April, 2005:

The matter rested there until Cardinal Ratzinger’s elevation to the Papacy the next spring. Ms. Kuby then shared her letters supposedly from the new Pope about Harry Potter again with the Press. This made a “big splash” in the papers and Harry Potter fan sites at the end of April, 2005.

There was very little said about this report after the announcement in April, other than notices being made that the letters were (1) from Cardinal Ratzinger writing a book blurb for a friend, not from the newly elevated Pope speaking ex cathedra and (2) that it was very unlikely that then Cardinal Ratzinger had read either the book by Ms. Kuby or the Harry Potter books. The story died a natural death.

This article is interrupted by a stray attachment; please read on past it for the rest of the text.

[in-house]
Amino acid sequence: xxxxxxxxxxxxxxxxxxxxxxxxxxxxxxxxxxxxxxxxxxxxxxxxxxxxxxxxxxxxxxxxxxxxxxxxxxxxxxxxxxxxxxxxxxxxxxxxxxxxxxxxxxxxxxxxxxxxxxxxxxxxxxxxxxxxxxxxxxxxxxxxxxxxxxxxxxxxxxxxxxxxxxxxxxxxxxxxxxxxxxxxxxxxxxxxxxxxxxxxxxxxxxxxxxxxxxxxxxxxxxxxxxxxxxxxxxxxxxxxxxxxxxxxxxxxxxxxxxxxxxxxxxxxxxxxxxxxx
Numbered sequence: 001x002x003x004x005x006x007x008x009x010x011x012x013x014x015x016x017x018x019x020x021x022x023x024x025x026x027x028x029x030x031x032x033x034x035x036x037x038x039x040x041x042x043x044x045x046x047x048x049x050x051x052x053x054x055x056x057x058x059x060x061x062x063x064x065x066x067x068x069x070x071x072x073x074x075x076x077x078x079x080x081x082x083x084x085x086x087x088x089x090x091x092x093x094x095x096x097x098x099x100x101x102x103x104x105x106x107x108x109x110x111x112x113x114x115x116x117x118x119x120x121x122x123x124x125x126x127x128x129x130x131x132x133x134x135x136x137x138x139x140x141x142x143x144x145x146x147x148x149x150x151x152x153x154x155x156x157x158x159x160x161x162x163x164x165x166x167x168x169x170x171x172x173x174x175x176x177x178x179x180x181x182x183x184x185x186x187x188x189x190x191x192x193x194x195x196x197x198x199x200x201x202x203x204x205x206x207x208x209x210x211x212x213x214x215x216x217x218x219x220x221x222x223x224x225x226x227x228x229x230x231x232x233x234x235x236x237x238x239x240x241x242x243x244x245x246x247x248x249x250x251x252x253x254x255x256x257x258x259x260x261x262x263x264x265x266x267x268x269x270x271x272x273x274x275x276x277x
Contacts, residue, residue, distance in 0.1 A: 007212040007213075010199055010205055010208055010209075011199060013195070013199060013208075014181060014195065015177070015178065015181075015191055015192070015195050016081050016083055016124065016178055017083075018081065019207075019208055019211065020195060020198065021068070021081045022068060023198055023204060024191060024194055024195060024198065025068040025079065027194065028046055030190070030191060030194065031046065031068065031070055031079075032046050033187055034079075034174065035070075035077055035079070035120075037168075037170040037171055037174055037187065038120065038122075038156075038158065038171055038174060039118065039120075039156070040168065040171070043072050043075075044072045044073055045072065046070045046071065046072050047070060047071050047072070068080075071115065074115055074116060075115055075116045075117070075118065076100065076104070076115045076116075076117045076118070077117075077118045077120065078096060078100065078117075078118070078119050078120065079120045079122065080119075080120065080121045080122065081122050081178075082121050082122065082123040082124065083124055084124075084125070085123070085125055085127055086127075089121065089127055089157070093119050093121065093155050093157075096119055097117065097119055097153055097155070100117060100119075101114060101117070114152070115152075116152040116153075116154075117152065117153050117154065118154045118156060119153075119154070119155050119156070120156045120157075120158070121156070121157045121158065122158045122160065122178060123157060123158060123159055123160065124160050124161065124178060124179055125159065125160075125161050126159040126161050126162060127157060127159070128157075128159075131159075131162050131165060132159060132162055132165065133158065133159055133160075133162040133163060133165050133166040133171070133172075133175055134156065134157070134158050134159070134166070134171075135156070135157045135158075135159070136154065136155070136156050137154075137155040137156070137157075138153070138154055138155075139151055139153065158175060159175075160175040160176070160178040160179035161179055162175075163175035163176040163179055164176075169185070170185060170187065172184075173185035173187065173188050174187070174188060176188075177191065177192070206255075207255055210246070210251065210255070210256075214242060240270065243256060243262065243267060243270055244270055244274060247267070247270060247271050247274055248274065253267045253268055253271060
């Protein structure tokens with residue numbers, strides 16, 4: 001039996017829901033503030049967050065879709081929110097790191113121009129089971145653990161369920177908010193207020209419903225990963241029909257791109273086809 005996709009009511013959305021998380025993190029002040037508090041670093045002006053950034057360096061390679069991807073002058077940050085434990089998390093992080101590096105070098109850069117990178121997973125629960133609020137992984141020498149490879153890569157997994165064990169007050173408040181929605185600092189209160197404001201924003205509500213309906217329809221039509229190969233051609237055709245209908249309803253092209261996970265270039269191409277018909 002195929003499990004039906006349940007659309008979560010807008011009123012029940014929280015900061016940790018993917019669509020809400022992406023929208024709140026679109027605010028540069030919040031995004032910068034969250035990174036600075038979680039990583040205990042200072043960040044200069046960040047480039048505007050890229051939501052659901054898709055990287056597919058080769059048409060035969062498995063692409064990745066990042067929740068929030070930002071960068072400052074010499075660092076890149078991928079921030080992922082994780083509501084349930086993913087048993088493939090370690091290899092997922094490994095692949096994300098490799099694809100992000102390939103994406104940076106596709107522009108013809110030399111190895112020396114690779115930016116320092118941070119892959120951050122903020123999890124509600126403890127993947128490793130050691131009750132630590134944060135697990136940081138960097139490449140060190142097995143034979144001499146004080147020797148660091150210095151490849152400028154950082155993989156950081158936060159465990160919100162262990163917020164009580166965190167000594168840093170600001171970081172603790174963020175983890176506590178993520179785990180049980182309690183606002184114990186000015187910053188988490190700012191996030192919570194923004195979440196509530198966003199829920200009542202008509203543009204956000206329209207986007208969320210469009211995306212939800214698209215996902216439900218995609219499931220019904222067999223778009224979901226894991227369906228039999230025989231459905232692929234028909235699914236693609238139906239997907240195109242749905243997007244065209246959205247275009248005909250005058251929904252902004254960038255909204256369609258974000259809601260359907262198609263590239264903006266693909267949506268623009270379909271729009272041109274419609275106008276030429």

June 27/July 13, 2005:

In late June and then again three days before the release of the sixth Harry Potter novel, a small Catholic news service that reports pro-life stories located in Combermere, Ontario, Canada, releases a story with the headline “Pope Opposes Harry Potter Novels” with the location of the news release being given as “Rimsting, Germany.” The articles feature comments by Catholic novelist Michael O’Brien, also, remarkably, of the small town Combermere, Ontario, Canada. He says in this piece:

“This discernment on the part of Benedict XVI reveals the Holy Father’s depth and wide ranging gifts of spiritual discernment.” O’Brien, author of a book dealing with fantasy literature for children added, “it is consistent with many of the statements he’s been making since his election to the Chair of Peter, indeed for the past 20 years - a probing accurate read of the massing spiritual warfare that is moving to a new level of struggle in western civilization. He is a man in whom a prodigious intellect is integrated with great spiritual gifts. He is the father of the universal church and we would do well to listen to him.”